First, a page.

Spring Wildlife Scavenger Hunt

With everything going on in the world right now, one of the great treats we’ve enjoyed at camp recently has been the emergence of lots of beautiful wildlife. We’ve started to see bluebirds, elk, wild turkeys, ground squirrels, and all sorts of other amazing animals! Learn about some of the critters we call neighbors here in Florissant.

  • Animal: Mountain Bluebird
  • Scientific name: Sialia currucoides
  • Description: The bluebird is a classic sign of spring! Around camp we’ve started hearing some bluebird chirps and catching flashes of these bright birds. These small birds can be found over a large swath of the western part of North America, ranging all the way from Mexico to northern Canada.
  • Fun fact: Mountain bluebirds are quite resourceful, building their nests from the detritus of various alpine plants such as pine needles and shredded aspen bark.
  • Animal: Wild Turkey
  • Scientific name: Meleagris gallopavo
  • Description: These large birds can usually be found waddling in small flocks. Recently we’ve seen lots of wild turkeys on the southern part of property, along the road to PPRS. A relative of the domestic turkey, the wild turkey is easily identified by its size, naked head, colorful plumage, and distinctive gobbling, clucking, and purring.
  • Fun fact: After wild turkey populations were reduced due to hunting, conservation and reintroduction efforts have helped restore their population numbers.
  • Animal: Steller’s Jay
  • Scientific name: Cyanocitta stelleri
  • Description: These quick birds are a common sight at camp throughout the year. The Steller’s Jay is easily distinguished by its blue tail feathers and pointy black crest on top of its head. Not only do these birds eat various nuts, seeds, and insects - they won’t hesitate to pick at crumbs from your campsite.
  • Fun fact: Steller’s Jays travel far, ranging all the way from Alaska to Nicaragua.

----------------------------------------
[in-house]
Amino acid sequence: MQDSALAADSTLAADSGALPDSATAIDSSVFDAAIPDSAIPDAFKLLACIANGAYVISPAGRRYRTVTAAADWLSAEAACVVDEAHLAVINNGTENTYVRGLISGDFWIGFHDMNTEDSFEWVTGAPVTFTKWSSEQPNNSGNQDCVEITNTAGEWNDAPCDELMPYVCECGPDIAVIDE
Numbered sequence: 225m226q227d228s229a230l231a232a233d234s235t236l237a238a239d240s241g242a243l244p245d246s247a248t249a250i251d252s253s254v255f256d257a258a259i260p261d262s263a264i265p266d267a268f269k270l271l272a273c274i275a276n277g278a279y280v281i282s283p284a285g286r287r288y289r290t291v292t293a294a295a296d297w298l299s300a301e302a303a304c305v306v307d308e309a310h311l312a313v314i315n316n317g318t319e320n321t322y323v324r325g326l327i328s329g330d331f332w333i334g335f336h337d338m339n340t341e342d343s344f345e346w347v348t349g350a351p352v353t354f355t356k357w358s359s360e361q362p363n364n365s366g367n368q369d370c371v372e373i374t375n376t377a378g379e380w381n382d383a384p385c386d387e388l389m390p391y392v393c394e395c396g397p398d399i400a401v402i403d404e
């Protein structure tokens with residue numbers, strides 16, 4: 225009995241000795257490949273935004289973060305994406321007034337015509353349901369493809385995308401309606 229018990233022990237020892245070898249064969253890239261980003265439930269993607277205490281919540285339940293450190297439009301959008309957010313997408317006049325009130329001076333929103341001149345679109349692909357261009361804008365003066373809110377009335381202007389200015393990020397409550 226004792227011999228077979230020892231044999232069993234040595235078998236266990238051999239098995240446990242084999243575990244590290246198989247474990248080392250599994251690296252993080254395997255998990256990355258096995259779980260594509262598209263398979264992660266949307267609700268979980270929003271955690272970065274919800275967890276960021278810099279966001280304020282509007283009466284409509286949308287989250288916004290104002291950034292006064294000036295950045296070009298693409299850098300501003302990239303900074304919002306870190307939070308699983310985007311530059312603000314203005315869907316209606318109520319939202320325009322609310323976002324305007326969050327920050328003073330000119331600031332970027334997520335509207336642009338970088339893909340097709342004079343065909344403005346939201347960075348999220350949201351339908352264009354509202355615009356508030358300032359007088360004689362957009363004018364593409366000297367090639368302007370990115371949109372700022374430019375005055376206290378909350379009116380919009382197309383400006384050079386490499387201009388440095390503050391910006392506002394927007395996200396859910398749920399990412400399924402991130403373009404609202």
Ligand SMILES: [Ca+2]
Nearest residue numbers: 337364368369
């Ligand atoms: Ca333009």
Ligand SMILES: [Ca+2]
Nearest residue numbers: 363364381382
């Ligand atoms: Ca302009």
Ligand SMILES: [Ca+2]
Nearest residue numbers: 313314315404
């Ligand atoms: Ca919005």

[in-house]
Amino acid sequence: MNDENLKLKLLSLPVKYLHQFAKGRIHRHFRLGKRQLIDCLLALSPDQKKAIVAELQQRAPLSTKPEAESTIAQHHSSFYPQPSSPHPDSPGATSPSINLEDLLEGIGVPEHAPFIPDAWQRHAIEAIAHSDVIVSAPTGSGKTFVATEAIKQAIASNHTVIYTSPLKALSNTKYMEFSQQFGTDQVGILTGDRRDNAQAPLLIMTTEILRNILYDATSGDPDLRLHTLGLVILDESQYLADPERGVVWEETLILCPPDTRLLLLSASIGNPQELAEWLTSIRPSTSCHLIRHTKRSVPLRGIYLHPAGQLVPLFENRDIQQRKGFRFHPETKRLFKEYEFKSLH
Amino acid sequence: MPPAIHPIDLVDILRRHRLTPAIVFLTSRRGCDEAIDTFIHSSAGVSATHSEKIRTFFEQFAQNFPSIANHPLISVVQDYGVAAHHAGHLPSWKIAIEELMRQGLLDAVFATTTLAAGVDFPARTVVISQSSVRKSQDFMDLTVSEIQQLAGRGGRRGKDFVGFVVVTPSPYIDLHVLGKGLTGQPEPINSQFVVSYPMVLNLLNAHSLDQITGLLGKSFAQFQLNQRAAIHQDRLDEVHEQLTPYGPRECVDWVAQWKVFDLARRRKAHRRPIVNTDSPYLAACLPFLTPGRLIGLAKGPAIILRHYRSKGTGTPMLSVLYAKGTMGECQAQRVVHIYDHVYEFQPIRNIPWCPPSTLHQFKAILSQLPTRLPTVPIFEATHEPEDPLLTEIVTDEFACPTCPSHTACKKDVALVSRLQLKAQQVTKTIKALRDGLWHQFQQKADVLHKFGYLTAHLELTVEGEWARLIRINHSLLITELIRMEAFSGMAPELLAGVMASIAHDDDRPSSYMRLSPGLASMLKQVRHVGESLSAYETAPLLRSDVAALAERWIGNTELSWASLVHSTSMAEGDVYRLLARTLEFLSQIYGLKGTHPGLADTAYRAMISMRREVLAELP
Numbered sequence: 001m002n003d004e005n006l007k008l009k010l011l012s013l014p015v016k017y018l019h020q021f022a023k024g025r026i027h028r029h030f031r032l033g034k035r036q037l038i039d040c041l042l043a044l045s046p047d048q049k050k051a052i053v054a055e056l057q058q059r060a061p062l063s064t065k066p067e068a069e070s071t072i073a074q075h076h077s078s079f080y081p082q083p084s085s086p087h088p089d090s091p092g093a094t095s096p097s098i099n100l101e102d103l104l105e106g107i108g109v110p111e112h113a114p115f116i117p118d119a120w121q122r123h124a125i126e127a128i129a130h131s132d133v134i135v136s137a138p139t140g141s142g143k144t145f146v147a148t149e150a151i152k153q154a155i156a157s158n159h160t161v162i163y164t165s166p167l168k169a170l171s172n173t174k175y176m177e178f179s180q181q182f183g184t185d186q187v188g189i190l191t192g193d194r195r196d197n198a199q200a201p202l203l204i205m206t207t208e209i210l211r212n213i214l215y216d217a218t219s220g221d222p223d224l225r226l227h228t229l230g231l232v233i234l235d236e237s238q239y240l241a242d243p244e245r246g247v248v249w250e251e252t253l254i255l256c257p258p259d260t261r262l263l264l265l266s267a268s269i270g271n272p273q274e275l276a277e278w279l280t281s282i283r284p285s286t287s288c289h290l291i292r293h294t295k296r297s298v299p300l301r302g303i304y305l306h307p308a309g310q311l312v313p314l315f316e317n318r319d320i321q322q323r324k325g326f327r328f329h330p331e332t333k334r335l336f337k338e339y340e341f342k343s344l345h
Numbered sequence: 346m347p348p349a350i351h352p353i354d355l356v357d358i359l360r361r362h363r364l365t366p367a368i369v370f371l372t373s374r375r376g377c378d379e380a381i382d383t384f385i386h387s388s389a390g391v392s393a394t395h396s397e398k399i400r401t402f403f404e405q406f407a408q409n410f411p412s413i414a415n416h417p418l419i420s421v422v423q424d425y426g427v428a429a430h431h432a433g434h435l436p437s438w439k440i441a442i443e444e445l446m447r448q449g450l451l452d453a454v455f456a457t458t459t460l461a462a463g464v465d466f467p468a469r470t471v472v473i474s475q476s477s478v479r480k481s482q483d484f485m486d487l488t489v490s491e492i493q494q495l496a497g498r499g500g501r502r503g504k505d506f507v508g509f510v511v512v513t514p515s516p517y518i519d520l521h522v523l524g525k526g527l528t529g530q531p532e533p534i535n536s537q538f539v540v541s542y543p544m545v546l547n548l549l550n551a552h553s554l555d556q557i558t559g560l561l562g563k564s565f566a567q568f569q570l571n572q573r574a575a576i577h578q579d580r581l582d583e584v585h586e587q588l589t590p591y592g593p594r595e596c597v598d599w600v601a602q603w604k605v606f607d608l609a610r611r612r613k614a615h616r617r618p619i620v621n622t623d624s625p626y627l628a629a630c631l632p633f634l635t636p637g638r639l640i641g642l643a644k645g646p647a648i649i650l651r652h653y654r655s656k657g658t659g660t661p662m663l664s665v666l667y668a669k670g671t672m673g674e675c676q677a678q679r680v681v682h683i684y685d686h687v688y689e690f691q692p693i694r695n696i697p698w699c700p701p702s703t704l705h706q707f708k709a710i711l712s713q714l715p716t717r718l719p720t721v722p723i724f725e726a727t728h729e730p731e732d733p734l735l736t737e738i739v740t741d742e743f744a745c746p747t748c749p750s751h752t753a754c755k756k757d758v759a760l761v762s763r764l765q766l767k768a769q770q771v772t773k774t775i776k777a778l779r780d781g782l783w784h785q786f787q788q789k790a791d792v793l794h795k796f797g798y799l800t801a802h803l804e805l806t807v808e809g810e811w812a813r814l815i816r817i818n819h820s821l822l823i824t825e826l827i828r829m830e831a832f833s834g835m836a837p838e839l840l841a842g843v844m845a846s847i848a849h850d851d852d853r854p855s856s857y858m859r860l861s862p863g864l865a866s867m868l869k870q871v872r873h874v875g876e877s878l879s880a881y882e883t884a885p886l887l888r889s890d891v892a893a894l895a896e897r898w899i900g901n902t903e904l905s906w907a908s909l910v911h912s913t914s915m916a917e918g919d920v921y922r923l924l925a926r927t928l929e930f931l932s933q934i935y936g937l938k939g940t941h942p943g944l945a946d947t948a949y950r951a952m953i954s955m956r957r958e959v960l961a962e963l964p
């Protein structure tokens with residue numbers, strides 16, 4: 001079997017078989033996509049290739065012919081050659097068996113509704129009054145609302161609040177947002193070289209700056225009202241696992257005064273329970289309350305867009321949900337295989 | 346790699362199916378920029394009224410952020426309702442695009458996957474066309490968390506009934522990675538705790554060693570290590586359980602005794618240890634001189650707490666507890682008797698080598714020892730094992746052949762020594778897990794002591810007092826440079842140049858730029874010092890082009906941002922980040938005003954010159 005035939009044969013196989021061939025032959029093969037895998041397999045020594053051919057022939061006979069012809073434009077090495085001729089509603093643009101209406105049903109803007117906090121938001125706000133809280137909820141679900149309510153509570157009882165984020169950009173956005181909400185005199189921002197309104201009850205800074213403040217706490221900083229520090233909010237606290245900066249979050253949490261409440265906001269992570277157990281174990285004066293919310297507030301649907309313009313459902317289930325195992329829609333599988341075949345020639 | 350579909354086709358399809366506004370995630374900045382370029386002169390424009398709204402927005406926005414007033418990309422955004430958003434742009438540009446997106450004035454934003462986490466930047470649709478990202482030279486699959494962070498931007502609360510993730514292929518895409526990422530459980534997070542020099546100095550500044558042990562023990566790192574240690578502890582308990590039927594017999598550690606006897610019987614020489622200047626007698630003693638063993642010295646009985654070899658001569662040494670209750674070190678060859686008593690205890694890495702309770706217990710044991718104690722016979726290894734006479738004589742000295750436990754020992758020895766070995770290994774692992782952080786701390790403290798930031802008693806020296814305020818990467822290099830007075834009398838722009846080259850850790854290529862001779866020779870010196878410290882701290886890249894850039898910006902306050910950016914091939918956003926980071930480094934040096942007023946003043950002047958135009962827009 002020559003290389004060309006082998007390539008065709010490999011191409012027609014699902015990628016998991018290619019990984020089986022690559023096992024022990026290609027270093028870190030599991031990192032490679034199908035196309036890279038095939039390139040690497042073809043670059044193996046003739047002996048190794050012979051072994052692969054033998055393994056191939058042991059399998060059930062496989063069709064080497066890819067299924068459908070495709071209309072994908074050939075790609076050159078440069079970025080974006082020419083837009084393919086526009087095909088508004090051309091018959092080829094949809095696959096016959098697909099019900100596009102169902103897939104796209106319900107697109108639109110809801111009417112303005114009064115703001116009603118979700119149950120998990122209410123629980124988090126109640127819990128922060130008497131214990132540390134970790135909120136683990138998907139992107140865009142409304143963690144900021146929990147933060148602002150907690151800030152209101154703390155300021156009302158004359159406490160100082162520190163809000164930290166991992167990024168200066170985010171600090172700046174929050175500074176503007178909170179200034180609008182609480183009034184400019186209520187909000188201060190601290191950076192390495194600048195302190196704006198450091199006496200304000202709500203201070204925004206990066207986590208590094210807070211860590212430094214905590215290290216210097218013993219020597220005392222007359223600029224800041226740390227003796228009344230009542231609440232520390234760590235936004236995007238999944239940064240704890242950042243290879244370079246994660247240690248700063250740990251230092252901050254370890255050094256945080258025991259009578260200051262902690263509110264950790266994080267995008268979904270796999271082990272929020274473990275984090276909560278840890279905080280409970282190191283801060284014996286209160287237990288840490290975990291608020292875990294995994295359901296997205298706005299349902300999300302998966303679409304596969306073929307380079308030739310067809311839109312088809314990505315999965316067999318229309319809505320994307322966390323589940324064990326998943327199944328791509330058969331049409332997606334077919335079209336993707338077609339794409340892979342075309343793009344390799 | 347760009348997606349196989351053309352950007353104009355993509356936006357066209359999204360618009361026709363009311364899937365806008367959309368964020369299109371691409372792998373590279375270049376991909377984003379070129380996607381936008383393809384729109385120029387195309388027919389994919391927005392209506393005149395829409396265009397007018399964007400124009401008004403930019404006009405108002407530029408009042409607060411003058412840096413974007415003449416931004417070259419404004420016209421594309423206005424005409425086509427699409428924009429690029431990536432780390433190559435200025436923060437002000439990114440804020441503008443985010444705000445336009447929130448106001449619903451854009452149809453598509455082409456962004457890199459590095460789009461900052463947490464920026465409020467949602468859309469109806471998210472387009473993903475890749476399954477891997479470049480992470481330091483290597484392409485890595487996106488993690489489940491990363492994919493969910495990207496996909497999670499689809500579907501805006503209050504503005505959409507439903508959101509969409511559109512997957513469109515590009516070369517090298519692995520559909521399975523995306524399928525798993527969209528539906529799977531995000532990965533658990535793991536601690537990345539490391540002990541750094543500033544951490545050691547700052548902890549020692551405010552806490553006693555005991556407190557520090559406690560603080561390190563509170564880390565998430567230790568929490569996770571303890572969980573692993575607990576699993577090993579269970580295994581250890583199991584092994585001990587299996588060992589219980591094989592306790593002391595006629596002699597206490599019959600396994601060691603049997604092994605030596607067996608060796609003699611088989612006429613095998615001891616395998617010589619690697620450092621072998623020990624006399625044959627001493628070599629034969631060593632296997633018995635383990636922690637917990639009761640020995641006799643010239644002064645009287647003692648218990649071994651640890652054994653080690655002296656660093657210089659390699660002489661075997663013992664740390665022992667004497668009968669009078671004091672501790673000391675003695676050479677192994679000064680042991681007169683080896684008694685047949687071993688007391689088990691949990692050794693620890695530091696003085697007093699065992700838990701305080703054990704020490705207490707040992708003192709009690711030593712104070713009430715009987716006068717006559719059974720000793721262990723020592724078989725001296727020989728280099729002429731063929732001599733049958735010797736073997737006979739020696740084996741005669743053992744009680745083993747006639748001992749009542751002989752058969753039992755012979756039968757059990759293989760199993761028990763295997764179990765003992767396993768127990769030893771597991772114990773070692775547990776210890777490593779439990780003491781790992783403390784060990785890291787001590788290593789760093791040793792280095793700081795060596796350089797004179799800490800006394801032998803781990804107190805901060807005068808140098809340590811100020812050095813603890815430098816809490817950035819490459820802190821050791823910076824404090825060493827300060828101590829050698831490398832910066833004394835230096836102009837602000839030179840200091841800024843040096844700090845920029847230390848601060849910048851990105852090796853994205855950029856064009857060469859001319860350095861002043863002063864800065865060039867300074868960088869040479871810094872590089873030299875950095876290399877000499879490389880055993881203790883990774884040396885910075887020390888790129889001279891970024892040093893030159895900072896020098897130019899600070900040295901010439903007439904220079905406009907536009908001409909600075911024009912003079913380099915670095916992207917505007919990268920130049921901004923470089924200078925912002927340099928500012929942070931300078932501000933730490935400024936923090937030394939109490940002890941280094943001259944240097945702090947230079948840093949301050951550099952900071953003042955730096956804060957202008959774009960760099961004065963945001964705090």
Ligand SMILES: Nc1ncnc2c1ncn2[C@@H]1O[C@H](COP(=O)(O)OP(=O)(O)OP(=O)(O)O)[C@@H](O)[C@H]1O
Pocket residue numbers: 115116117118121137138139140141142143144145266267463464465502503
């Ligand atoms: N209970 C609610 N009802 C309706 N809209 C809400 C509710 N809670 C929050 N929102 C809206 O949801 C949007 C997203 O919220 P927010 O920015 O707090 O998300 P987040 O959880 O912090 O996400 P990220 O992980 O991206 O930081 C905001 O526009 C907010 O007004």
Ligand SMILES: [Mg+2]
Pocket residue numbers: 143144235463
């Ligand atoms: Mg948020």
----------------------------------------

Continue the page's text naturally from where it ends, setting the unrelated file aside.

• Animal: Elk
  • Scientific name: Cervus canadensis
  • Description: These impressively large mammals can be found in large herds throughout Colorado. Recently a herd of elk has been spotted passing through camp around Potts Meadow and PPRS. A cow (female) elk usually ways about 500-600 pounds, while a bull (male) elk can weigh as much as 1,000 pounds. Especially in the fall, you can identify an elk by its loud, distinctive bugle.
  • Fun fact: There are four different subspecies of elk: Rocky Mountain elk, Roosevelt elk, Tule elk, and Manitoba elk.
  • Animal: Wyoming Ground Squirrel
  • Scientific name: Urocitellus elegans
  • Description: These small, light brown critters are plentiful during the spring and summer and can usually be found scurrying in and out of their holes. Recently we’ve begun to see them poking their heads out of their holes after a long period of hibernation. Ground squirrels live in burrows underground connected by long systems of tunnels. During the summer you have to watch where you’re walking, or you might step in one of their holes!
  • Fun fact: Some species of ground squirrel can hibernate for up to 8 ½ months out of the year.

These animals all have their distinctive signs, whether it’s a brightly-colored feather or a large hoof print in the mud. Using our printable scavenger hunt, see if you can find some evidence of animals in your neck of the woods and try to figure out what animal it came from!

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Charles Nunziato
About Charles Nunziato

Charles first came to Sanborn as camper when he was eleven. After working four summers as a wrangler and two seasons as a field instructor at HTOEC, Charles joined the year-round staff as the Riding Program Manager for Big Spring. Charles has a B.A. in Comparative Literature from Reed College and was an English teaching apprentice in Leadville, CO before returning to camp in 2019. Some of his favorite pastimes are playing guitar, reading and writing, crossword puzzles, and horseback riding.